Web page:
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Episode Info

Episode Info:

In this episode, we compare and contrast Disney’s “The Black Cauldron” with the two books it is based on, “The Book of Three” and “The Black Cauldron” by Lloyd Alexander.


This podcast contains certain copyrighted works that were not specifically authorized to be used by the copyright holder(s), but which we believe in good faith are protected by federal law and the fair use doctrine (Section 107 of the Copyright Act).

If you have any specific concerns about this podcast or our position on the fair use defense, please contact us at so we can discuss amicably.  Thank you.

 Produced By Rachael Ward, Vaughn M. Dennis and Vanessa Marek



“Big Bad Villain” composed by: Kurt Tomlinson

“Dance of Life” composed by Peder B. Helland

“Druidic Dreams” composed by: Adrian Von Ziegler

“The Fairy Tale” (DSO Theme) composed by: Roberto Ignis

“Lords of Iron” composed by: Antti Martikainen

“Only Evil” composed by: KingDiaboli

“Run” composed by: Ross Bugden



Recommended Reading

The Chronicles of Prydain (5 Volumes) by Lloyd Alexander




Alexander, L. (2006). The Chronicles of Prydain #1: The Book of Three. New York: Henry Holt.

Alexander, L. (2006). The Chronicles of Prydain #2: The Black Cauldron. New York: Henry Holt.

Davies, Sioned. The Mabinogion, Oxford University Press, 2008.

Graves, Robert. The White Goddess: A Historical Grammar of Poetic Myth. New York: Noon Day Press, 1966.

Lane, Elizabeth. “Lloyd Alexander’s Chronicles of Prydain and Welsh Tradition.” Orcrist 7, 1973, pp. 25-29.

Lines, H. H. “Quarterly Notes on Roman Britain.” The Antiquarian Vol. 31 , Jan. 1895, pp. 302.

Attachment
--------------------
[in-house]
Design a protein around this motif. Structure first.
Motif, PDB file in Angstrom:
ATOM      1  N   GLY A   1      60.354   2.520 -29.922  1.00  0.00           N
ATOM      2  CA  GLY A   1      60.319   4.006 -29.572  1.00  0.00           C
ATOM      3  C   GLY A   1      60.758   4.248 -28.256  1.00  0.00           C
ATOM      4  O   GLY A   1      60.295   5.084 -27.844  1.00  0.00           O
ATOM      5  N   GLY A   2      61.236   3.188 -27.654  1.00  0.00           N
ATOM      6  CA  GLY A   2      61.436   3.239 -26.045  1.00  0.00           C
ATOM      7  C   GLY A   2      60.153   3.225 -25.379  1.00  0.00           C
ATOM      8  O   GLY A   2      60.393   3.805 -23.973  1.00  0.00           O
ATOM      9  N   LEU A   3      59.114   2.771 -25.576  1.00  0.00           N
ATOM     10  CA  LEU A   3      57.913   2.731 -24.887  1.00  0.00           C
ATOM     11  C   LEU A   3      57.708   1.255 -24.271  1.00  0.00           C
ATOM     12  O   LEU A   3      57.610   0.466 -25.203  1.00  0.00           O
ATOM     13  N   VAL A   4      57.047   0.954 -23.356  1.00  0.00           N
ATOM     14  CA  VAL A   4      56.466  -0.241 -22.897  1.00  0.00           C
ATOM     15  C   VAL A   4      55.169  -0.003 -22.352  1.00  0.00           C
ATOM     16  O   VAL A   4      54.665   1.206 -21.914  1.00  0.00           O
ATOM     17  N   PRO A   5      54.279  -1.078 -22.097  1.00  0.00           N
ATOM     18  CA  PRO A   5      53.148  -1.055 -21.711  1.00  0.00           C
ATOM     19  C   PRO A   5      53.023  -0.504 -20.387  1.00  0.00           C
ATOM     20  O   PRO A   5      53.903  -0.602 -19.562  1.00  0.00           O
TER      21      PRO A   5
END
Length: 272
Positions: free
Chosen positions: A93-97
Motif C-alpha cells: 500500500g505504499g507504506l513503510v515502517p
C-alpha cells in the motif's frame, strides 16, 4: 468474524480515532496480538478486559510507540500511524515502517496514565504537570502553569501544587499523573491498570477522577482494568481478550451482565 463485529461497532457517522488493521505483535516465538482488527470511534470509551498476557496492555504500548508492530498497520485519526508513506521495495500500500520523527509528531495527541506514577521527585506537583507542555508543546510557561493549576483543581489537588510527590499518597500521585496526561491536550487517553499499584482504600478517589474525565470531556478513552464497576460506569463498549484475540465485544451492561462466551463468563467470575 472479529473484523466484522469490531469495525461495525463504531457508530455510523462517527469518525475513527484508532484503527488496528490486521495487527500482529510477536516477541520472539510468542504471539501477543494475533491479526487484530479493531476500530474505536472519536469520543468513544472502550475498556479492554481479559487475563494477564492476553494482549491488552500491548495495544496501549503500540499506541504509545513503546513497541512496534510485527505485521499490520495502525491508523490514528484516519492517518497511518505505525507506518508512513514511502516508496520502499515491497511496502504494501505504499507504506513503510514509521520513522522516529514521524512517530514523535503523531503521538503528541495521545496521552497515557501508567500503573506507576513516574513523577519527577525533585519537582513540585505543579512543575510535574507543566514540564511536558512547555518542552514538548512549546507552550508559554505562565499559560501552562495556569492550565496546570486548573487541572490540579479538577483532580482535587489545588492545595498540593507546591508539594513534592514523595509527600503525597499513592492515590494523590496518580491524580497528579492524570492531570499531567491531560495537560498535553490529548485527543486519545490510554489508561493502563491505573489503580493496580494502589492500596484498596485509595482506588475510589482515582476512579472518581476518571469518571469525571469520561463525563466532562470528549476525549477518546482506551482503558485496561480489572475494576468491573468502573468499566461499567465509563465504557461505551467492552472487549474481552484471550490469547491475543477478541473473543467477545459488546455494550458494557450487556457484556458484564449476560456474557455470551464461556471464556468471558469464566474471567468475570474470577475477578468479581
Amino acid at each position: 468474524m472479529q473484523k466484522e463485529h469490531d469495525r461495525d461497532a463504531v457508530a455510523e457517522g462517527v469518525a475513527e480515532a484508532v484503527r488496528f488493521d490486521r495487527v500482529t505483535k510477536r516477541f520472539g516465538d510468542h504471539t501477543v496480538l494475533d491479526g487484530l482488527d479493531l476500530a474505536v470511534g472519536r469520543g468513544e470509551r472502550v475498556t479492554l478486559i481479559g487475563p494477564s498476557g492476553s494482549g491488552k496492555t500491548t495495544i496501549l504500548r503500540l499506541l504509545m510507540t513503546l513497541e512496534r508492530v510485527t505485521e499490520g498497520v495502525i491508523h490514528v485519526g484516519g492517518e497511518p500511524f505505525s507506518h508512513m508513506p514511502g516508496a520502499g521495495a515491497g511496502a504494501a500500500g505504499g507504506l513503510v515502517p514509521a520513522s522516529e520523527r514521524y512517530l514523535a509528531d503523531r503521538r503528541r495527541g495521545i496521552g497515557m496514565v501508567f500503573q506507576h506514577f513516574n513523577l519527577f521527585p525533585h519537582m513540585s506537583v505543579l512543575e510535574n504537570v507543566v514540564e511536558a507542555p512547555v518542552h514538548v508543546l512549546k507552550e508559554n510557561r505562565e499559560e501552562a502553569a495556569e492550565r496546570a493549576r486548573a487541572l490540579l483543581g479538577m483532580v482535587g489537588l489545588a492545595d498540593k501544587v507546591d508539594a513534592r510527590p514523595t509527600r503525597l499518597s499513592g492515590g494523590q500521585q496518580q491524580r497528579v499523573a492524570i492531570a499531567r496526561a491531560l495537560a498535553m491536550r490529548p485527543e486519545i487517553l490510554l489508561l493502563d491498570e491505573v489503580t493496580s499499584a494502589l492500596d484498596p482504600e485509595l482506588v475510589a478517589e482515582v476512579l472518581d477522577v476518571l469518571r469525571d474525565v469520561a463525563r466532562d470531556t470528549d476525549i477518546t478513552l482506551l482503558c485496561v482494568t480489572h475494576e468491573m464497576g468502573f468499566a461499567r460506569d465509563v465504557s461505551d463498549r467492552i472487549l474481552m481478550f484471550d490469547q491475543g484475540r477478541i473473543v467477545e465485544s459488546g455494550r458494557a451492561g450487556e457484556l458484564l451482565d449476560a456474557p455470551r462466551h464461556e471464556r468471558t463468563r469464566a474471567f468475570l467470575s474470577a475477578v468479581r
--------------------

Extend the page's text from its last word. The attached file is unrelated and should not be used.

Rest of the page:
Nash, D. W. “The Mythological Poems; The Chair of Kerridwen.” Taliesin, Or, The Bards and Druids of Britain: A Translation of the Remains of the Earliest Welsh Bards, and an Examination of the Bardic Mysteries, London: John Russel Smith, 1858, pp. 189–190.

Stephens, T. “British Anthropophagi.” Notes & Queries, vol. 20, no. 8, Dec. 1859, pp. 72–73.

Tunnell, Michael O., and Lloyd Alexander (2014). The Prydain Companion: a Reference Guide to Lloyd Alexander’s Prydain Chronicles. Henry Holt.

White, Donna R. “Lloyd Alexander’s Chronicles of Prydain.” A Century of Welsh Myth in Children’s Literature, Greenwood Press, 1998, pp. 97–104.



The Black Cauldron [DVD]. (1985). Walt Disney Pictures.


World Wide Web

“The Black Cauldron / Disney.” TV Tropes,

“The Black Cauldron (Film).” Wikipedia, Wikimedia Foundation, 1 Sept. 2017,

“The Chronicles of Prydain.” Wikipedia, Wikimedia Foundation, 1 Sept. 2017,

Crossley, Jared. “The Lloyd Alexander Blog.”

Dallben.” Prydain Wiki,

“Fflewddur Fflam.” Prydain Wiki,

Filmtracks: The Black Cauldron (Elmer Bernstein),

Fisher, Jason. “Welsh Mythological Underpinnings of Lloyd Alexander’s Prydain Cycle.” Journey to the Sea, 15 Oct. 2009,

“Gurgi.” Prydain Wiki,

“The Horned King.” Prydain Wiki,

Kois, Dan. “Revisiting The Black Cauldron, the Movie That Almost Killed Disney Animation.”Slate Magazine, 19 Oct. 2010,

Ness, Mari. “A Demoralizing Disaster: Disney’s The Black Cauldron.”, 8 Oct. 2015,

“Prince Gwydion.” Prydain Wiki,

“Princess Eilonwy.” Prydain Wiki,

“Prydain.” Wikipedia, Wikimedia Foundation, 27 July 2017,

“Reel History.” Disney’s The Black Cauldron,

“Taran.” Prydain Wiki,

Toffee, John. “Mabinogion Astronomy.” Caer Gwydion, 1 Jan. 1970,

Toffee, John. “Mabinogion Astronomy.” Mabinogion Astronomy, 1 Jan. 1970,

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